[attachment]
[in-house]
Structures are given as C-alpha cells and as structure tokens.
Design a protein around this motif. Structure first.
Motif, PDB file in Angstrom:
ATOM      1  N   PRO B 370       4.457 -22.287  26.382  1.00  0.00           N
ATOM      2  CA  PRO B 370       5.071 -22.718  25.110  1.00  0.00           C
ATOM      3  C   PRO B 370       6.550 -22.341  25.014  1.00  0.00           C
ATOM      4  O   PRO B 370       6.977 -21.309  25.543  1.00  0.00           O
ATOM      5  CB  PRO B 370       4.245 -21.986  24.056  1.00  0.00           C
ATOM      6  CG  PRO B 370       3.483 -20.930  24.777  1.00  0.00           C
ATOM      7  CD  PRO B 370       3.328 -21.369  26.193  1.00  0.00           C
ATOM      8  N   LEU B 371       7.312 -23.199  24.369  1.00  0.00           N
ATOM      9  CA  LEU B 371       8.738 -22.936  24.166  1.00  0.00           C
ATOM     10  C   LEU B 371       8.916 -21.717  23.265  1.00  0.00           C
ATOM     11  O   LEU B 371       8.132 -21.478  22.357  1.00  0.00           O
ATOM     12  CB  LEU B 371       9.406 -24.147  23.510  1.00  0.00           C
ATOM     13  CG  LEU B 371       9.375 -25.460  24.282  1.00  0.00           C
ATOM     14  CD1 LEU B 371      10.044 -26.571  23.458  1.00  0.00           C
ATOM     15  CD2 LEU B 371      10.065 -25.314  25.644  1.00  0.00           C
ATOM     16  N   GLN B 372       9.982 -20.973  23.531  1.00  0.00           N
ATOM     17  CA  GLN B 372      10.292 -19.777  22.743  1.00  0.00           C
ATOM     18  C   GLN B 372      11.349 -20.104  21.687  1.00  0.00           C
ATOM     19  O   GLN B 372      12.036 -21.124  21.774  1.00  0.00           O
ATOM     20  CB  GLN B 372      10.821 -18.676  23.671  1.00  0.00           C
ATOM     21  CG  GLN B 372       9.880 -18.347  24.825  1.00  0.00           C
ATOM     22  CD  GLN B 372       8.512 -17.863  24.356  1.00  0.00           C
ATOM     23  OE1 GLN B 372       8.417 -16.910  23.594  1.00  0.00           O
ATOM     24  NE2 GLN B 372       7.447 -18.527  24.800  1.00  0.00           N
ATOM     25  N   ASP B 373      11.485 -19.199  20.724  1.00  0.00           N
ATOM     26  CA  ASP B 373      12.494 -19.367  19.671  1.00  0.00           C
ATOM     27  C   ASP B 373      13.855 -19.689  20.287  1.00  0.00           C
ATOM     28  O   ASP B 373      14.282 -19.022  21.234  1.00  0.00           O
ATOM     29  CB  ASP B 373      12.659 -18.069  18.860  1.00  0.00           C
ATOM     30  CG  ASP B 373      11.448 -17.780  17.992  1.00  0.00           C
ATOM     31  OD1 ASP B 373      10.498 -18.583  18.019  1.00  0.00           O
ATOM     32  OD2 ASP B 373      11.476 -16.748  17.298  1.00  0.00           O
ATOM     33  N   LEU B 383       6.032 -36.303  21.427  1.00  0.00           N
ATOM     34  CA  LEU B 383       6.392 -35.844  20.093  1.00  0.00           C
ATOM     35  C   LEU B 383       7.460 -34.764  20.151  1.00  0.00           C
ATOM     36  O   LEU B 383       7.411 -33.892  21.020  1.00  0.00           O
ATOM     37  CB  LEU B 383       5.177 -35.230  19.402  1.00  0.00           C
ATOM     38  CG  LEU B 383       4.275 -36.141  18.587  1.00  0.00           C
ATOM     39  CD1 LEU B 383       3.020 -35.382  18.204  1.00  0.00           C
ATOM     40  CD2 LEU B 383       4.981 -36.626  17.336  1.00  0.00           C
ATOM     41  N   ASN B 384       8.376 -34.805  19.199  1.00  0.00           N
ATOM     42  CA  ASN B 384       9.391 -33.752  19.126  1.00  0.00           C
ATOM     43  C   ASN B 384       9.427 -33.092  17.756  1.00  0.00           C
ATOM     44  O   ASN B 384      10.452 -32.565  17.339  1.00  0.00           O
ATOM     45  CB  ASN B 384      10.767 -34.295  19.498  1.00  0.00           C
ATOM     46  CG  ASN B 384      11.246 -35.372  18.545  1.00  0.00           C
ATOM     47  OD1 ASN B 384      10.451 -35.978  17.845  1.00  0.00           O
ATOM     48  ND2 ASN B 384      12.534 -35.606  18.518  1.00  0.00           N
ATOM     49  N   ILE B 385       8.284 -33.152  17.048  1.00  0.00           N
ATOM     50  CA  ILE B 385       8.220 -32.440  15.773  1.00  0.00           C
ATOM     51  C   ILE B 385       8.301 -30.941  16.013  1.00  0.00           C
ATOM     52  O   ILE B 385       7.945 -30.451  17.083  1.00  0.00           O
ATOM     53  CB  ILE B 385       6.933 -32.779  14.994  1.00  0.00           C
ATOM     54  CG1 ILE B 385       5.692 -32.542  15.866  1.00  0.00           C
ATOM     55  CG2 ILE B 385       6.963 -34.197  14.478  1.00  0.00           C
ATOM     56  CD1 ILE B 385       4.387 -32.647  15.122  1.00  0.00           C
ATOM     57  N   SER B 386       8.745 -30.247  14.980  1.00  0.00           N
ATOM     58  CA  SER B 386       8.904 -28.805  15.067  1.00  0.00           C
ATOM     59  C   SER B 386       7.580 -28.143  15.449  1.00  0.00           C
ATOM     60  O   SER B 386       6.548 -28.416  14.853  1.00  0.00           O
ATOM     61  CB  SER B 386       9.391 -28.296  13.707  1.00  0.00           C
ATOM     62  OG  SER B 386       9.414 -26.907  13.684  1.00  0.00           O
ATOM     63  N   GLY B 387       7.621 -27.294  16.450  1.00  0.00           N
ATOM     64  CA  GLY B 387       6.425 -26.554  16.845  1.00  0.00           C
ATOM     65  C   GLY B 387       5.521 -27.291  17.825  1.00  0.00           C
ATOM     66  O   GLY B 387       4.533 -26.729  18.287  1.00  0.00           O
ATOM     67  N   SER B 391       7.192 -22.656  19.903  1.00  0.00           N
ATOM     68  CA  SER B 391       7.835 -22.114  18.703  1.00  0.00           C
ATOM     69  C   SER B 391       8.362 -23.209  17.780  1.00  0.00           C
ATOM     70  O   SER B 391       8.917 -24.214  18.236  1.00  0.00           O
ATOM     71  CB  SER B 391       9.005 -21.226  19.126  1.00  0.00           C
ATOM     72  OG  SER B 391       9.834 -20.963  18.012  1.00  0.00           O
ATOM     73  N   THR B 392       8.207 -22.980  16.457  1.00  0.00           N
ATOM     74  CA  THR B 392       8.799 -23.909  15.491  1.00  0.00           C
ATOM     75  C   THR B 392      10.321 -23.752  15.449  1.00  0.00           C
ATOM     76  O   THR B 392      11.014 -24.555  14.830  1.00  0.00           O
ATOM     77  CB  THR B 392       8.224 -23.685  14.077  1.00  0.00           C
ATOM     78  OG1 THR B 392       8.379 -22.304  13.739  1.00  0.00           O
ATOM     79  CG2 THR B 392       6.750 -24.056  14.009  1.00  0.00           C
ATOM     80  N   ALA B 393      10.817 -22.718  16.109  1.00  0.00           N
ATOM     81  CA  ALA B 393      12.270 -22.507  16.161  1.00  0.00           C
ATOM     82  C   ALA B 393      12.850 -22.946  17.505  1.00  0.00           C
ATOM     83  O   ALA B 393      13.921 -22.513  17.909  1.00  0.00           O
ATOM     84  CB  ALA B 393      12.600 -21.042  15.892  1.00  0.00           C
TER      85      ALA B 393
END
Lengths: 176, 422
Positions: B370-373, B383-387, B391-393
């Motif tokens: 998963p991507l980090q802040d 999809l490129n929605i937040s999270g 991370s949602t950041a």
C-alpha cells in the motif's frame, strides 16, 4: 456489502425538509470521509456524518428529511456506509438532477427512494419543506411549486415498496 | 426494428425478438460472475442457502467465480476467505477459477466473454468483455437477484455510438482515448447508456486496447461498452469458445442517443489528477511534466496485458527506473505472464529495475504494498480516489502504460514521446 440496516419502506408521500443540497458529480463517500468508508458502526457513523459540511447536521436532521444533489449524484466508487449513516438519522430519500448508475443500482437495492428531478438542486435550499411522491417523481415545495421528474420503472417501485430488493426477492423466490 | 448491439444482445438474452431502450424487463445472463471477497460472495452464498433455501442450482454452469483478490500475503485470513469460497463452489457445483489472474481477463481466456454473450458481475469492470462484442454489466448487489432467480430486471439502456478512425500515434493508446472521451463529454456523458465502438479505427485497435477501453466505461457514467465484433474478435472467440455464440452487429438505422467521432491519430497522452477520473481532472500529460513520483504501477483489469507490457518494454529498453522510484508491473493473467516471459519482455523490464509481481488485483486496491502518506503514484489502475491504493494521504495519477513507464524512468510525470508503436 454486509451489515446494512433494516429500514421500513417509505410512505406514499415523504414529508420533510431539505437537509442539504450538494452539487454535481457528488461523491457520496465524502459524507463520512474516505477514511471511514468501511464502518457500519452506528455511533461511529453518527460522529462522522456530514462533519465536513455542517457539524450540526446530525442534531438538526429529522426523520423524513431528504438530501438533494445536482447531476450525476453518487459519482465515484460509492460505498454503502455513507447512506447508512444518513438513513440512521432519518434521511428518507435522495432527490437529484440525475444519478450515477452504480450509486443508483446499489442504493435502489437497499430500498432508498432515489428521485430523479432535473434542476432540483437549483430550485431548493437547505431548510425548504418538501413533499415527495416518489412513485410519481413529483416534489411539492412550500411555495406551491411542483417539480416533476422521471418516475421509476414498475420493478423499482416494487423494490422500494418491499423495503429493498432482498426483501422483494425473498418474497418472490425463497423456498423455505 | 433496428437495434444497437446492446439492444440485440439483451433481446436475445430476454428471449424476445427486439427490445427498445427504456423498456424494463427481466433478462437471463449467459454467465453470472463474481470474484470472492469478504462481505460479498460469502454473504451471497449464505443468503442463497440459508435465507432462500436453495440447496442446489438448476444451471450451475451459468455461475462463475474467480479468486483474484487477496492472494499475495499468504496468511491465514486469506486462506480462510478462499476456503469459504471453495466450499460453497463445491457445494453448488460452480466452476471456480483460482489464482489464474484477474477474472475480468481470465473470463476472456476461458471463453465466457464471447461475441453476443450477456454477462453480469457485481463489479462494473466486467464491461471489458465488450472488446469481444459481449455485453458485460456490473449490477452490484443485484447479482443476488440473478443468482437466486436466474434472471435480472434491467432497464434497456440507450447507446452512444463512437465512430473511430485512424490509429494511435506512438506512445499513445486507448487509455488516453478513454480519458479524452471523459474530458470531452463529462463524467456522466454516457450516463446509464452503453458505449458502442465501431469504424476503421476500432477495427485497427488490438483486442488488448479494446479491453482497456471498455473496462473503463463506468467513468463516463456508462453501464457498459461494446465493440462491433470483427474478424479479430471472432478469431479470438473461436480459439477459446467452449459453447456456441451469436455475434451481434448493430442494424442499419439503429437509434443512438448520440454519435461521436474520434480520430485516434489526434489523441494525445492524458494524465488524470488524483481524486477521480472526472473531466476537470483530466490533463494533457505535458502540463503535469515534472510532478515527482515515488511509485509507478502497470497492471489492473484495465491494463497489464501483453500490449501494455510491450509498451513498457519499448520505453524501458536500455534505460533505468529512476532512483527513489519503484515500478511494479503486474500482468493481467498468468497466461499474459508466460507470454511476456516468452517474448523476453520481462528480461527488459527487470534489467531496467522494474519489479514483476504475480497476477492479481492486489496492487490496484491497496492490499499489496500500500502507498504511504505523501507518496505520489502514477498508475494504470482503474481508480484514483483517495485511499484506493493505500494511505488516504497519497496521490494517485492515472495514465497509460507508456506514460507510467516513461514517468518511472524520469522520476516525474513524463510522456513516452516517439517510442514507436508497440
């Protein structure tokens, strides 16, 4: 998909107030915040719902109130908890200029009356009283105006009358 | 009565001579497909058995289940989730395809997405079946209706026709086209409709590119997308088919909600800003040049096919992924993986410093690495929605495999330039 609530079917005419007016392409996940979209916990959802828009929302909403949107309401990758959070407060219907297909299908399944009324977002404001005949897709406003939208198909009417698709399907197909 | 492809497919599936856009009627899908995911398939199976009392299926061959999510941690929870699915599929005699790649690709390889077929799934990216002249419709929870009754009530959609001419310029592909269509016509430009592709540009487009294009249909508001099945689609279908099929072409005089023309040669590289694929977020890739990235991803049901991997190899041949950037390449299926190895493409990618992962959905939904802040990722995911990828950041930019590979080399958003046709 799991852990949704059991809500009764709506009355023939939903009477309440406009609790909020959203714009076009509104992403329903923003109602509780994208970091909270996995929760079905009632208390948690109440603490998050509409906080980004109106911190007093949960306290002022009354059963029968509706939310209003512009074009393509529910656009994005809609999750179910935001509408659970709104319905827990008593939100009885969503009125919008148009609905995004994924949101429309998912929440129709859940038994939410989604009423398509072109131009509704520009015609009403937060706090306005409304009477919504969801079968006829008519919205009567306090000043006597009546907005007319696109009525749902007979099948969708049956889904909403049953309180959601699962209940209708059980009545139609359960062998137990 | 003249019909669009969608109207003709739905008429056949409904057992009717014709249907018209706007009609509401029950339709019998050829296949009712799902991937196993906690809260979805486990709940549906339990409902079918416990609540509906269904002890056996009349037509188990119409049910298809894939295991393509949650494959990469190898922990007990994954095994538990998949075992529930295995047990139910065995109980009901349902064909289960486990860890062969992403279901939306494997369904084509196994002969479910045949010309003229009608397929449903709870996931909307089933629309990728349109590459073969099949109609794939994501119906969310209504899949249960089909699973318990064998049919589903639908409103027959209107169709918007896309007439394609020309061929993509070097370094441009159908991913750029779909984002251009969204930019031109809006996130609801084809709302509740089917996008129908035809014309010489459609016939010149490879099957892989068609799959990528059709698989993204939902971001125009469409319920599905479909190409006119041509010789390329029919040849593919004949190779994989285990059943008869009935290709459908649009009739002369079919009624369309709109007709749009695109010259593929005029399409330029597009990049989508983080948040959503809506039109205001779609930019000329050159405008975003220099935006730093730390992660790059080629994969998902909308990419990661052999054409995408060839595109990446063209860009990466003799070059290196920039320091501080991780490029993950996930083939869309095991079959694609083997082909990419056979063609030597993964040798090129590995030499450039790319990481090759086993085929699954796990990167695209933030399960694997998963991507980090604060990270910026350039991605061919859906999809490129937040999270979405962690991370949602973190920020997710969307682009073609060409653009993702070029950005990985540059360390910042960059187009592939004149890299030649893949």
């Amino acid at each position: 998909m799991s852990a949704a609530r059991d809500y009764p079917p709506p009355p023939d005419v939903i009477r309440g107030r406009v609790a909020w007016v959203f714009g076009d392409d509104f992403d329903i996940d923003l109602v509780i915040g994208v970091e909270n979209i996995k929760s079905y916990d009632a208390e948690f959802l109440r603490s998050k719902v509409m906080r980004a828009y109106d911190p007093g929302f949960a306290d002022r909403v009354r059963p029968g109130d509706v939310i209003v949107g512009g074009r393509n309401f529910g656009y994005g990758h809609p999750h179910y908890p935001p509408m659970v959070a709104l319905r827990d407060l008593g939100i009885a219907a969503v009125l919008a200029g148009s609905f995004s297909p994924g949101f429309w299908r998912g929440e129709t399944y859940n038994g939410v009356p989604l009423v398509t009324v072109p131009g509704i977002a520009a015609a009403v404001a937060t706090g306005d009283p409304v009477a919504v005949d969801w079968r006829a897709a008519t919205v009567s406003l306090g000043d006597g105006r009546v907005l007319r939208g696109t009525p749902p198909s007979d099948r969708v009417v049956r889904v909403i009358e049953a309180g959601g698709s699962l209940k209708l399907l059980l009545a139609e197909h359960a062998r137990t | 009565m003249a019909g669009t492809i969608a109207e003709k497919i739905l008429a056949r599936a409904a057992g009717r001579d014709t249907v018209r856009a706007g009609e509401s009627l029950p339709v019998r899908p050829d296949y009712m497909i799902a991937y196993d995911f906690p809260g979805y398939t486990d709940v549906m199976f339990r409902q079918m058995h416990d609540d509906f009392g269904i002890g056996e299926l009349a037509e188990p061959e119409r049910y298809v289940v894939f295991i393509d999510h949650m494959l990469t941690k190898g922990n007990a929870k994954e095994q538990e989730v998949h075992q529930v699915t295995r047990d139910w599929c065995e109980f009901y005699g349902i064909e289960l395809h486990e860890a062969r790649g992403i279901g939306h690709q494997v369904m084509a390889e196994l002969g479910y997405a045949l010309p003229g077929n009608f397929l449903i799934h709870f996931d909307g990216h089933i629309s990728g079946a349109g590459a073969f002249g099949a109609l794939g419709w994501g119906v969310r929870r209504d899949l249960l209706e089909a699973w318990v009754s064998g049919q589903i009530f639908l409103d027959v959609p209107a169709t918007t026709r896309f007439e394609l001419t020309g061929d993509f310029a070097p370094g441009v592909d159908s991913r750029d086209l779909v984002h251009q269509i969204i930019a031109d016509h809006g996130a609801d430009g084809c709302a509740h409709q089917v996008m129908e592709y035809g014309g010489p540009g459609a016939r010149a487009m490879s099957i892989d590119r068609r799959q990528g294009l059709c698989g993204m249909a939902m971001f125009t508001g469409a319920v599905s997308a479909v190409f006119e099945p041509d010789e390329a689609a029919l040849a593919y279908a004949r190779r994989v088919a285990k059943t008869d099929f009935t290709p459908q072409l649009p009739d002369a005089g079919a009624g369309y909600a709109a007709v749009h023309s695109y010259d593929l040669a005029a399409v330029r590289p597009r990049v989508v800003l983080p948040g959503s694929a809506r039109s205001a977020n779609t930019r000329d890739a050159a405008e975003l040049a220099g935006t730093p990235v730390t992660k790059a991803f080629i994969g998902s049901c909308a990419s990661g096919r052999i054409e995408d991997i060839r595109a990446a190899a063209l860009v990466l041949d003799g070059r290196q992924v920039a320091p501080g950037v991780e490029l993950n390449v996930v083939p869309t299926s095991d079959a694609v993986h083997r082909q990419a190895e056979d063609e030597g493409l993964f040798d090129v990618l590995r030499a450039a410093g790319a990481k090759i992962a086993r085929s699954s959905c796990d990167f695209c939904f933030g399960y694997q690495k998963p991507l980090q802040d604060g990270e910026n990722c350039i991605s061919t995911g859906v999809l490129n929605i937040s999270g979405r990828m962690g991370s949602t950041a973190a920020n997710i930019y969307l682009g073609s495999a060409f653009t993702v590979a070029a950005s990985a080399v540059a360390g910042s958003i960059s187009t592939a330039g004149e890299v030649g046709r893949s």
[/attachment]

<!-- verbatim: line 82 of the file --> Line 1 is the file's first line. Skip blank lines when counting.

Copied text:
ATOM     78  OG1 THR B 392       8.379 -22.304  13.739  1.00  0.00           O